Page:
To cut energy consumption, however, Morphosis clad the Bloomberg Center in a rainscreen wall system that maximizes insulation values and minimizes thermal bridging. In addition, the outermost layer is punched with 2-inch circular tabs and coated in an iridescent polymer film. “We wanted a dynamic facade,” says Ung-Joo Scott Lee, Morphosis principal. To get the full optical effect, the architects worked with Zahner, the architectural-metal fabricator, and received digital input from Cornell and MIT students.
The iridescent, sparkling exterior skin is cut away so that bands of glazing do admit light to an array of educational spaces but maintain the recommended 60:40 ratio of wall surface to glass. Open classrooms are located on the western side of the building, facing Manhattan, and 76 small “huddle” rooms, where three or four people can meet, are on the east, oriented toward Queens. The huddle rooms evolved out of the desire by Daniel Huttenlocher, Cornell Tech dean and vice provost, to encourage an improvisatory exchange of ideas among the students and faculty. Whether these remain unassigned spaces or are appropriated by faculty members is unclear.
To ensure a fluidity of space that might spark spontaneous interaction, Morphosis placed a four-story atrium (five-story along the west) at the center of the building, anchored by an expansive stairway. At the second level, ancillary stairs take over the circulation. One veers into a curved appendage that protrudes outside the main volume of the building; its steel structure helps prop up the solar-canopy roof, which otherwise depends on the extension of the Center’s steel columnar grid for support.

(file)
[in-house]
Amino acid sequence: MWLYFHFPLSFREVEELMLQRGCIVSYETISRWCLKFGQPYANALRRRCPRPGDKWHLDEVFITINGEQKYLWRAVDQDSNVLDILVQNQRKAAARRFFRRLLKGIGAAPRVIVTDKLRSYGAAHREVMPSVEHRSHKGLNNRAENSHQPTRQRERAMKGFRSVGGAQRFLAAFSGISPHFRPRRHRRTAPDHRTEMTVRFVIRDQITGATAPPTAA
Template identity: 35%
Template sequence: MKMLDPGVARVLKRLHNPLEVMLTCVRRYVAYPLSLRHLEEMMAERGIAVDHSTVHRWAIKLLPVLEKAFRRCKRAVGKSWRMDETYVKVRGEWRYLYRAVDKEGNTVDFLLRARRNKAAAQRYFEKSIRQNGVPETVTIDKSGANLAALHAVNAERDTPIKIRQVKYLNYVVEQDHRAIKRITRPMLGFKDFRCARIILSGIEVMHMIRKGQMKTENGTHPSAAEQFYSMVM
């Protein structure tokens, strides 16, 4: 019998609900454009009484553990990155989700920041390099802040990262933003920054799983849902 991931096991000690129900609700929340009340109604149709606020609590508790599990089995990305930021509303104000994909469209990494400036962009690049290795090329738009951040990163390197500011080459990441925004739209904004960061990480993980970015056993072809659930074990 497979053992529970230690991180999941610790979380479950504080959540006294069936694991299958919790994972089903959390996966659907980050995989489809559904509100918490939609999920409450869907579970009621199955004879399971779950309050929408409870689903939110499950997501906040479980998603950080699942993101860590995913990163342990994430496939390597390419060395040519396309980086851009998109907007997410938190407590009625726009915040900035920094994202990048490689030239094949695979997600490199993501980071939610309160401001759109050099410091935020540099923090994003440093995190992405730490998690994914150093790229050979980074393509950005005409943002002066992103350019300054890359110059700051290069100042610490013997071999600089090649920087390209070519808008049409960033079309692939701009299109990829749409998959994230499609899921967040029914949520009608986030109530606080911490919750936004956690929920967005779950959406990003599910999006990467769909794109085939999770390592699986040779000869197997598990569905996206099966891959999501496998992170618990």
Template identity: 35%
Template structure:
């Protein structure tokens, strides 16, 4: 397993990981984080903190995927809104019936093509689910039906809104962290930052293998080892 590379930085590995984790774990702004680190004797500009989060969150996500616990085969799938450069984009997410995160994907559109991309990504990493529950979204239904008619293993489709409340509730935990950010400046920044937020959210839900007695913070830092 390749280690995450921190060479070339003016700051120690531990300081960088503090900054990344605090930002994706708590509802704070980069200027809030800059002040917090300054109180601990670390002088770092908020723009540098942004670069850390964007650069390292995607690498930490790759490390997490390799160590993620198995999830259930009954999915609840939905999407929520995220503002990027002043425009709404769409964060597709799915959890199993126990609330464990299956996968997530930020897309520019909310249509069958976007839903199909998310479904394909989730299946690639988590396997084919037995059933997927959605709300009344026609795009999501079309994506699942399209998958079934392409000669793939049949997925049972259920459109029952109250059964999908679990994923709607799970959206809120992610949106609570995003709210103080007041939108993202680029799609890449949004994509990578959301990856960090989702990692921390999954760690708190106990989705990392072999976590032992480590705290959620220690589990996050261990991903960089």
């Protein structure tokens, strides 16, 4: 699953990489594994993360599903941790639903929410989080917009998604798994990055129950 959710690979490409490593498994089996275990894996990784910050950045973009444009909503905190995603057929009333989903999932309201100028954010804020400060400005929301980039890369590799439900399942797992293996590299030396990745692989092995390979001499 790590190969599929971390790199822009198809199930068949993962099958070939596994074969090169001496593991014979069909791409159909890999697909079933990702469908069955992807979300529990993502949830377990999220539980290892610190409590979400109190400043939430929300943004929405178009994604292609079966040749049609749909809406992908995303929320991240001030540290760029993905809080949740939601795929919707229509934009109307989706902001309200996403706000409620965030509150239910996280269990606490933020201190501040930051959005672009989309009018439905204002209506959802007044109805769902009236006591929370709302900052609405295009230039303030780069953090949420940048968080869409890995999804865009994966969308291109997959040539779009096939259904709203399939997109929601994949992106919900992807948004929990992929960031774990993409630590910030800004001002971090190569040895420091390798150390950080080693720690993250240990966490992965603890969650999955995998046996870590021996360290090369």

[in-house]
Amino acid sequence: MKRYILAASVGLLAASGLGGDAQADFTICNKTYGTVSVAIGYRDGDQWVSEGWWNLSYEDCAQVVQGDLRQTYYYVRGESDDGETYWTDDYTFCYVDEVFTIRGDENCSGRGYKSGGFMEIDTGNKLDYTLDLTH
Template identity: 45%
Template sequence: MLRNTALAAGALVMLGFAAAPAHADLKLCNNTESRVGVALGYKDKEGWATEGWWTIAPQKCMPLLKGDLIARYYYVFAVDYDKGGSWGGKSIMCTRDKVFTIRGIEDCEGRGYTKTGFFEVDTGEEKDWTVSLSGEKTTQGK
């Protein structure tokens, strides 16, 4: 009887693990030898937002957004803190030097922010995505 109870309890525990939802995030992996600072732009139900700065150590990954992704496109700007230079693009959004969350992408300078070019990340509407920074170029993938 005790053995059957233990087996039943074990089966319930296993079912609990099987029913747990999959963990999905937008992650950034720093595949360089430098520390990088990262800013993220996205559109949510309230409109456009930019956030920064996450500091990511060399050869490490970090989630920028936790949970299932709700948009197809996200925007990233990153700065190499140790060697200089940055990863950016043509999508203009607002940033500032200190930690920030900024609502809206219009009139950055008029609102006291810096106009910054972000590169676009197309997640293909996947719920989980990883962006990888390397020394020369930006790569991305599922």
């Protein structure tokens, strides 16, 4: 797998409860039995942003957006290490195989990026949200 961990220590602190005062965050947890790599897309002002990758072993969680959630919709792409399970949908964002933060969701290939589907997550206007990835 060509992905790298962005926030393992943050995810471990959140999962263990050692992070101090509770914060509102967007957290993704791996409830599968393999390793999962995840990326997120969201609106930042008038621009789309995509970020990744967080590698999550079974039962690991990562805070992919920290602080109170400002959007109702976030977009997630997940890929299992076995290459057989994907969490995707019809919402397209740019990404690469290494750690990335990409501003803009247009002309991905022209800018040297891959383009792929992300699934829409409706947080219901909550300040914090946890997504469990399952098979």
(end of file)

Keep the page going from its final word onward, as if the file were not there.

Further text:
The atrium’s curvilinear walls, plus a stair’s glass enclosure, along with artist Matthew Ritchie’s resin, glass, and ink, 80-foot-high mural create an active core for the Center. In addition, a long galleria cut north–south through three stories of the western portion of the building offers another opportunity for casual encounter. Here five glass boxes for collaboration appear to float high in the void. (They are actually cantilevered from the steel frame.) Although the interior is more crepuscular than The Bridge across the plaza, skylights introduce illumination, while the white solid surfaces of the lockers on the second floor and polished concrete floors help bounce light.